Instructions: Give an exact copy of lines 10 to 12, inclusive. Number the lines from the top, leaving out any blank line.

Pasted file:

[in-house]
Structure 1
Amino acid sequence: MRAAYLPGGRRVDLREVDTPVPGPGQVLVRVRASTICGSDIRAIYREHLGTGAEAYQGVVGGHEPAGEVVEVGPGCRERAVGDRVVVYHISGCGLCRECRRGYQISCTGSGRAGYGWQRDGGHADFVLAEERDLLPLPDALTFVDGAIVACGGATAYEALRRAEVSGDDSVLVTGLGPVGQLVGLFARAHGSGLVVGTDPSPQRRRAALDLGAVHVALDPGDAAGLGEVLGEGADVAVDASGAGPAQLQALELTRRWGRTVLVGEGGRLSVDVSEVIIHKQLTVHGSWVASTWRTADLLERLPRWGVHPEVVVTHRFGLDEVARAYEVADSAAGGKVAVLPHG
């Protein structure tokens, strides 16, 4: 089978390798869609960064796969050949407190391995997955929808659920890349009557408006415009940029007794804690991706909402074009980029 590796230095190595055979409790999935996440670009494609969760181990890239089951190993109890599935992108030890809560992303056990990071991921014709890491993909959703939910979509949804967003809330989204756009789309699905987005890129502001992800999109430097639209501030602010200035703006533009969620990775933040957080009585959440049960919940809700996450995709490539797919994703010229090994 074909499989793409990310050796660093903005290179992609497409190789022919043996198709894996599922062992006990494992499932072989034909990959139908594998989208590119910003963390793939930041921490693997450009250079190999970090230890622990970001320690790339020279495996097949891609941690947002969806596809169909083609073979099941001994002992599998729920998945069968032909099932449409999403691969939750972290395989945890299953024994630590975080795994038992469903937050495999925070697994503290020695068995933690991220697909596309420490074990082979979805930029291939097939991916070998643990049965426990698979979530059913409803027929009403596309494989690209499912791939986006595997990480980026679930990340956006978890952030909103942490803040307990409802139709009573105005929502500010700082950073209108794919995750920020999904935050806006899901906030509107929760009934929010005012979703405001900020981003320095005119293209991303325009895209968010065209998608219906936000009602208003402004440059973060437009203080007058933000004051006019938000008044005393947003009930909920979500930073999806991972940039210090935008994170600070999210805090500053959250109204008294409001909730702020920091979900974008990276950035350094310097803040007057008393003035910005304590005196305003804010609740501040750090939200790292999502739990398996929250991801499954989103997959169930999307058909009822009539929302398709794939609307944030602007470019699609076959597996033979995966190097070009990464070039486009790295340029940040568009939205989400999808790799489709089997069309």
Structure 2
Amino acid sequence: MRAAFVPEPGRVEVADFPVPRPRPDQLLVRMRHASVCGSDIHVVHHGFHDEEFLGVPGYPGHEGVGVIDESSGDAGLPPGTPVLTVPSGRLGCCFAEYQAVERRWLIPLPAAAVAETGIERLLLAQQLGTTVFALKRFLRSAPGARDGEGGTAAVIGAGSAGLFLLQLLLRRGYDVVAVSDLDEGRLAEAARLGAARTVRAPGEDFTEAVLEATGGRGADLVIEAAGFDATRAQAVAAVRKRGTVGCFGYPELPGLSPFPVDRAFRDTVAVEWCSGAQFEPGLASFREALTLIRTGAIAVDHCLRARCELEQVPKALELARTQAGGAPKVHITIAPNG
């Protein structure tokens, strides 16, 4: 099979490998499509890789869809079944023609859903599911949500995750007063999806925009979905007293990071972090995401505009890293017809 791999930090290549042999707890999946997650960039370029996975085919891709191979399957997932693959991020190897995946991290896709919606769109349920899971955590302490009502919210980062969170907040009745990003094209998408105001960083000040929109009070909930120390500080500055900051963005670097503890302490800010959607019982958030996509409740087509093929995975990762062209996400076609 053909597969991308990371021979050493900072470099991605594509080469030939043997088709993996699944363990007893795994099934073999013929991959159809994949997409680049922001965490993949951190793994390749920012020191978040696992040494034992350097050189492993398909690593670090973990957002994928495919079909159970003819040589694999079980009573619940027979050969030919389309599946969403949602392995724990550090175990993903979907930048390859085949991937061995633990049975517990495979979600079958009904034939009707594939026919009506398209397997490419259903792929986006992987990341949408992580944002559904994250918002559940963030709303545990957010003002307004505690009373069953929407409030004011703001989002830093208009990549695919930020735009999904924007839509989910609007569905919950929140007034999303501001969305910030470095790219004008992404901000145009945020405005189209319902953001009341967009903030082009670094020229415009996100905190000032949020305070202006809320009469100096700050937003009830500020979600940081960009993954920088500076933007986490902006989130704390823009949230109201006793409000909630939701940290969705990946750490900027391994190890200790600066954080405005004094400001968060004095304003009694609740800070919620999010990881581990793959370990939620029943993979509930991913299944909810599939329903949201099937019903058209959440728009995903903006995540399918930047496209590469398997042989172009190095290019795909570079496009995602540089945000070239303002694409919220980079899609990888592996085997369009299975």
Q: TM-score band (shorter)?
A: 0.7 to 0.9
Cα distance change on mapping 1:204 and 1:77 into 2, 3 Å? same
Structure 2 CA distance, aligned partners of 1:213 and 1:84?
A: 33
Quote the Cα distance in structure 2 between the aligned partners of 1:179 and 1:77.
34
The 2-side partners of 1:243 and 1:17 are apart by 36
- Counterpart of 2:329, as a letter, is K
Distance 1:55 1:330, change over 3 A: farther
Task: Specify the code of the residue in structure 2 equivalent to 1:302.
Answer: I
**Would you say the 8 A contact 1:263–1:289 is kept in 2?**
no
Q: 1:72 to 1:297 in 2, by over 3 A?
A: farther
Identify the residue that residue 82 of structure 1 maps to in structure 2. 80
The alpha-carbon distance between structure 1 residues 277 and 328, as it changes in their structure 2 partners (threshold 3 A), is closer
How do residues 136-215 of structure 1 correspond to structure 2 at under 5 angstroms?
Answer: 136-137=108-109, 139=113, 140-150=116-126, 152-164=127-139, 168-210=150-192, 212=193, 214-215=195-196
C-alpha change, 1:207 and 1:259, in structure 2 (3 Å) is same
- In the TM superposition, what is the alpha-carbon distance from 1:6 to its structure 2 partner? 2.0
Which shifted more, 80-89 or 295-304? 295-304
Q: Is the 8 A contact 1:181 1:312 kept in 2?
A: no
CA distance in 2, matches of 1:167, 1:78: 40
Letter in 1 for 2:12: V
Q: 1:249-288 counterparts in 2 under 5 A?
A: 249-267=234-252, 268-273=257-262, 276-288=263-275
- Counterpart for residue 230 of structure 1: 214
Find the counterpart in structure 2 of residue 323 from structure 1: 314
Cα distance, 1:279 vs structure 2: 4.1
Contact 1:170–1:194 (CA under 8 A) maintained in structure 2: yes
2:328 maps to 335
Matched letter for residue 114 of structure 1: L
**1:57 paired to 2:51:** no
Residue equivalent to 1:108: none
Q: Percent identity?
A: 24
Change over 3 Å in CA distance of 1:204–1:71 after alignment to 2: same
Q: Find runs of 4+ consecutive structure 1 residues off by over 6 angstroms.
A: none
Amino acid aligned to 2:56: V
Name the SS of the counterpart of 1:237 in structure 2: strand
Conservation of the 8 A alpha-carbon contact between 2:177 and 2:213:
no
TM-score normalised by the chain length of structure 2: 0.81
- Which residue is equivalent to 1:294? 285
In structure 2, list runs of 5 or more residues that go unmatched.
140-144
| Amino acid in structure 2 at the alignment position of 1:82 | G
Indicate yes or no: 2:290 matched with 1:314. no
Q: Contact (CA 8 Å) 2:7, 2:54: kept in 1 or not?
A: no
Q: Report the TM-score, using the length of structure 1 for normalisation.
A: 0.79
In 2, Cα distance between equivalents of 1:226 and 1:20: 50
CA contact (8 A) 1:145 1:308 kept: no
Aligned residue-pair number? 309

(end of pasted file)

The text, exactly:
Cα distance change on mapping 1:204 and 1:77 into 2, 3 Å? same
Structure 2 CA distance, aligned partners of 1:213 and 1:84?
A: 33